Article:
Lucor was not impressed by his visitors and took a short nap.
These pups are very young. Their mother is one of the sled dogs. When an animal is ready to be bred the park brings in an appropriate outside dog to be bred with the female.
As the pups grow, they are watched and analyzed to determine if they have the physical and mental traits necessary to do this work. If they don't, they are given up for adoption. The park has a system for accepting applications for placement. Dogs who are "retired" are also put up for adoption.
These dogs do not run races, but are used by the Rangers all winter to access various parts of the park. Motorized vehicles are not allowed in many parts of the wilderness areas, so this is a way of patrolling these areas. The rangers will also take lumber and other repair supplies into remote areas so that the supplies are ready in the spring when repairs need to be made on trails, bridges, etc.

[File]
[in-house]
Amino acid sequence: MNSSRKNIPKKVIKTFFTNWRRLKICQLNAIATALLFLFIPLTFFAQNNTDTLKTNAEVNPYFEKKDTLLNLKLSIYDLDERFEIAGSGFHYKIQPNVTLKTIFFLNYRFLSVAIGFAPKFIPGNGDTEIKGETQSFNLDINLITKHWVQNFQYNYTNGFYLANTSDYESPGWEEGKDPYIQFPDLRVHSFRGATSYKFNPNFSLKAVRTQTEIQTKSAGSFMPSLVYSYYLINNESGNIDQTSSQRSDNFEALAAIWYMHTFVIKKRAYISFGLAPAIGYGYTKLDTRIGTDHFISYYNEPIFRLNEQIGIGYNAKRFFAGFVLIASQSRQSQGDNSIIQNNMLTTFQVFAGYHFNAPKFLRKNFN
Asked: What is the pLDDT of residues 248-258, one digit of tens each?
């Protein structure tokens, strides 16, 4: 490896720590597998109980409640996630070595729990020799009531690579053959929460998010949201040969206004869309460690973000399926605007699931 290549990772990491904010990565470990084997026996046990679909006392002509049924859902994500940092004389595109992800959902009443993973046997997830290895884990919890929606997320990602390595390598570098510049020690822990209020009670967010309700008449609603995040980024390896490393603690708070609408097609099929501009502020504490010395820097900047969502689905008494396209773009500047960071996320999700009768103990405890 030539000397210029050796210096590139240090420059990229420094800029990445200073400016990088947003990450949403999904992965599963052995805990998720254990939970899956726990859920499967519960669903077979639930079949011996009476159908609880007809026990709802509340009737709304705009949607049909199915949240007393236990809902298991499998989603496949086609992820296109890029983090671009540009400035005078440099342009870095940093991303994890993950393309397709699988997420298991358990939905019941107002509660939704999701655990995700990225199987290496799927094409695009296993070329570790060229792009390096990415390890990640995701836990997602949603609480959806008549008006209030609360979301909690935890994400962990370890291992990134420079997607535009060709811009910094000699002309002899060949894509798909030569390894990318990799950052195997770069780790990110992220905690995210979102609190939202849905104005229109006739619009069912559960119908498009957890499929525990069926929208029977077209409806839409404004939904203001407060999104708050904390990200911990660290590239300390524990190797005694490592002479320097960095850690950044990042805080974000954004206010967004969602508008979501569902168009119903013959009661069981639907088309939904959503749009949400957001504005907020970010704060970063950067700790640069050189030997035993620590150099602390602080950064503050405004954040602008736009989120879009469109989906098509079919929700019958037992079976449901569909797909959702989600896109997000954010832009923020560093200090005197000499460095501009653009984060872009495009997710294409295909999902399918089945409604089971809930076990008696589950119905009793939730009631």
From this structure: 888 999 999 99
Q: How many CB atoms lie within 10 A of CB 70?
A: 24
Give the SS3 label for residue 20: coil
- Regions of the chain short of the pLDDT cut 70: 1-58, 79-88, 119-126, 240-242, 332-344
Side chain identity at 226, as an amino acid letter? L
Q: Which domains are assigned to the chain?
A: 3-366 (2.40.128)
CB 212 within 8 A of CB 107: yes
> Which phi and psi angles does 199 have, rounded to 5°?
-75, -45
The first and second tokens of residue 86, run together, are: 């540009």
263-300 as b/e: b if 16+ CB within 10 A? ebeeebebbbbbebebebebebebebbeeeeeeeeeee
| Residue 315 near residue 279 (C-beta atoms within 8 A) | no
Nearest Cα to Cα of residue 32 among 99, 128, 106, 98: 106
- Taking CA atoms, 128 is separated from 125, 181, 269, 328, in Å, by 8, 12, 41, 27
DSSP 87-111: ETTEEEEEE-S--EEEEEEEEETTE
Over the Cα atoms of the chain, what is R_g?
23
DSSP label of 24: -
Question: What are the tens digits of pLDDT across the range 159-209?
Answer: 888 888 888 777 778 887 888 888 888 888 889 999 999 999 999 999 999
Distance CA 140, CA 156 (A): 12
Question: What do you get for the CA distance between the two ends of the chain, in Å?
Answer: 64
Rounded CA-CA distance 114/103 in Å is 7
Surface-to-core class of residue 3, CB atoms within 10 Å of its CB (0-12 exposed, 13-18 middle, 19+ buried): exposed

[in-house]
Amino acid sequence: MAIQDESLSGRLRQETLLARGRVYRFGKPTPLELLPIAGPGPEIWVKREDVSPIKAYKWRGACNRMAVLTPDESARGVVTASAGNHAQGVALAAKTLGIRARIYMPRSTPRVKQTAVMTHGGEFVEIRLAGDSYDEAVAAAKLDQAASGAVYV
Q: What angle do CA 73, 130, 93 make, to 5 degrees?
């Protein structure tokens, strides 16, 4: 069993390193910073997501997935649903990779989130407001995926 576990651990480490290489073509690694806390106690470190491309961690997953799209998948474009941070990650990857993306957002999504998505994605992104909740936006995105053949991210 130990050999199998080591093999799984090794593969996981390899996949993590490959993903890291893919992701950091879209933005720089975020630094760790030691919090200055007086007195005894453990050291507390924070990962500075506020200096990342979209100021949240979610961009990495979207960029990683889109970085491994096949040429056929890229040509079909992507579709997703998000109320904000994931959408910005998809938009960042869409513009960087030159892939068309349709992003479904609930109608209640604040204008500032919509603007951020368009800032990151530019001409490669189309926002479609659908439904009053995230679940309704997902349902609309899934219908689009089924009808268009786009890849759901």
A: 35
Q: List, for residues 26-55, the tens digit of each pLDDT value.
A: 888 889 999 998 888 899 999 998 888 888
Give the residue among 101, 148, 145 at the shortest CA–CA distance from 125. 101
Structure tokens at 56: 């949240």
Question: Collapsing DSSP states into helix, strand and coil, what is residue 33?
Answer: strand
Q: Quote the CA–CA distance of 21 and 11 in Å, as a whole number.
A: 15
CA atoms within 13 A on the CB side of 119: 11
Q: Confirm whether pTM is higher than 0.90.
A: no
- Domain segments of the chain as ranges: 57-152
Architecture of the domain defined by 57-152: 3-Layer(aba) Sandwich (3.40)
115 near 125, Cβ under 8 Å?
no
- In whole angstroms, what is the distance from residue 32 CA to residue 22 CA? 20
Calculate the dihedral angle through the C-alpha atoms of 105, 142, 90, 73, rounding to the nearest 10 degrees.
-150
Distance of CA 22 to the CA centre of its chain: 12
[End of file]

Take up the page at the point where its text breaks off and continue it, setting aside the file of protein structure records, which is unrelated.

This is the sled used in the demonstration. I'm definitely not ready to handle these very strong dogs!
There are three demonstrations each day. The dogs are chosen on a random basis. They use only five dogs for these demonstrations, but at least double that number are used in the winter on their work runs.
The dogs really get excited when it's time to get hooked up, as you can see by the dog in the middle of the picture. That jump he is doing was off the ground. Good height! They all want to be chosen and will bark and jump showing their enthusiasm.
Here they come around the gravel track.
Believe me, they were traveling fast......
At the end of the track, the dogs immediately lay down.
This hold on the dogs looks unfriendly, but the dogs know they get to run free back to their homes and the handlers need to get them away from the audience first. If all four legs are on the ground with no leash, the handler wouldn't be able to hold them back.
Lucky is awaiting his turn to run home.